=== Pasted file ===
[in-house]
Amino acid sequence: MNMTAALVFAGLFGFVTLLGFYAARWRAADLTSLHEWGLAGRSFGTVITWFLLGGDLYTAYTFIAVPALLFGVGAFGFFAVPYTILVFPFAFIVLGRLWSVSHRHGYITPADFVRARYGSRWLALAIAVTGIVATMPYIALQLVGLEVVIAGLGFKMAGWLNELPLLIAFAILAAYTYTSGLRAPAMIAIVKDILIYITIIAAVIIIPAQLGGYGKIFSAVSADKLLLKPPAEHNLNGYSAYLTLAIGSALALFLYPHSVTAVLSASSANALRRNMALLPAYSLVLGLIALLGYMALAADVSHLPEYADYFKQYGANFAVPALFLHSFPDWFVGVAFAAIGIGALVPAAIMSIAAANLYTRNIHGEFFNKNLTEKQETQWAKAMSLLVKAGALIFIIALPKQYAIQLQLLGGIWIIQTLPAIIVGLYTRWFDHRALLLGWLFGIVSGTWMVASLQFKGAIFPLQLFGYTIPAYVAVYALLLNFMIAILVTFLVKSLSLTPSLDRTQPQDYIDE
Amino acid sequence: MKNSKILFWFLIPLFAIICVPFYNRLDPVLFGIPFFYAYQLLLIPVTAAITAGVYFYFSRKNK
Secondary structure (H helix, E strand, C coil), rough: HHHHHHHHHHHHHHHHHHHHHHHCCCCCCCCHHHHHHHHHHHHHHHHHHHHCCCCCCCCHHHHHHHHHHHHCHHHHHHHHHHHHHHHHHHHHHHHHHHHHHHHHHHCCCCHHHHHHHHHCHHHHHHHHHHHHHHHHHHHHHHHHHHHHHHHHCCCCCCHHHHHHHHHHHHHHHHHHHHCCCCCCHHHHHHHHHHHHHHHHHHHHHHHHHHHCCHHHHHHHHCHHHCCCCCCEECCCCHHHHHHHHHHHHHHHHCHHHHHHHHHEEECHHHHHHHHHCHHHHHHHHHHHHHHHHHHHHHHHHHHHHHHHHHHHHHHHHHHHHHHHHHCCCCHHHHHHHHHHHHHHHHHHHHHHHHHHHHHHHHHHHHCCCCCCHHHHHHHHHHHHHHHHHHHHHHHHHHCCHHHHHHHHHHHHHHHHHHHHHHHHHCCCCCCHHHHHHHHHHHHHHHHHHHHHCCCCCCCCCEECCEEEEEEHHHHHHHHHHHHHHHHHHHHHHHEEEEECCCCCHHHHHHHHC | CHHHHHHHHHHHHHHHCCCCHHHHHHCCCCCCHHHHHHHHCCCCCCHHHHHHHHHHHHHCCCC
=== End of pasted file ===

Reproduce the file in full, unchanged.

[in-house]
Amino acid sequence: MNMTAALVFAGLFGFVTLLGFYAARWRAADLTSLHEWGLAGRSFGTVITWFLLGGDLYTAYTFIAVPALLFGVGAFGFFAVPYTILVFPFAFIVLGRLWSVSHRHGYITPADFVRARYGSRWLALAIAVTGIVATMPYIALQLVGLEVVIAGLGFKMAGWLNELPLLIAFAILAAYTYTSGLRAPAMIAIVKDILIYITIIAAVIIIPAQLGGYGKIFSAVSADKLLLKPPAEHNLNGYSAYLTLAIGSALALFLYPHSVTAVLSASSANALRRNMALLPAYSLVLGLIALLGYMALAADVSHLPEYADYFKQYGANFAVPALFLHSFPDWFVGVAFAAIGIGALVPAAIMSIAAANLYTRNIHGEFFNKNLTEKQETQWAKAMSLLVKAGALIFIIALPKQYAIQLQLLGGIWIIQTLPAIIVGLYTRWFDHRALLLGWLFGIVSGTWMVASLQFKGAIFPLQLFGYTIPAYVAVYALLLNFMIAILVTFLVKSLSLTPSLDRTQPQDYIDE
Amino acid sequence: MKNSKILFWFLIPLFAIICVPFYNRLDPVLFGIPFFYAYQLLLIPVTAAITAGVYFYFSRKNK
Secondary structure (H helix, E strand, C coil), rough: HHHHHHHHHHHHHHHHHHHHHHHCCCCCCCCHHHHHHHHHHHHHHHHHHHHCCCCCCCCHHHHHHHHHHHHCHHHHHHHHHHHHHHHHHHHHHHHHHHHHHHHHHHCCCCHHHHHHHHHCHHHHHHHHHHHHHHHHHHHHHHHHHHHHHHHHCCCCCCHHHHHHHHHHHHHHHHHHHHCCCCCCHHHHHHHHHHHHHHHHHHHHHHHHHHHCCHHHHHHHHCHHHCCCCCCEECCCCHHHHHHHHHHHHHHHHCHHHHHHHHHEEECHHHHHHHHHCHHHHHHHHHHHHHHHHHHHHHHHHHHHHHHHHHHHHHHHHHHHHHHHHHCCCCHHHHHHHHHHHHHHHHHHHHHHHHHHHHHHHHHHHHCCCCCCHHHHHHHHHHHHHHHHHHHHHHHHHHCCHHHHHHHHHHHHHHHHHHHHHHHHHCCCCCCHHHHHHHHHHHHHHHHHHHHHCCCCCCCCCEECCEEEEEEHHHHHHHHHHHHHHHHHHHHHHHEEEEECCCCCHHHHHHHHC | CHHHHHHHHHHHHHHHCCCCHHHHHHCCCCCCHHHHHHHHCCCCCCHHHHHHHHHHHHHCCCC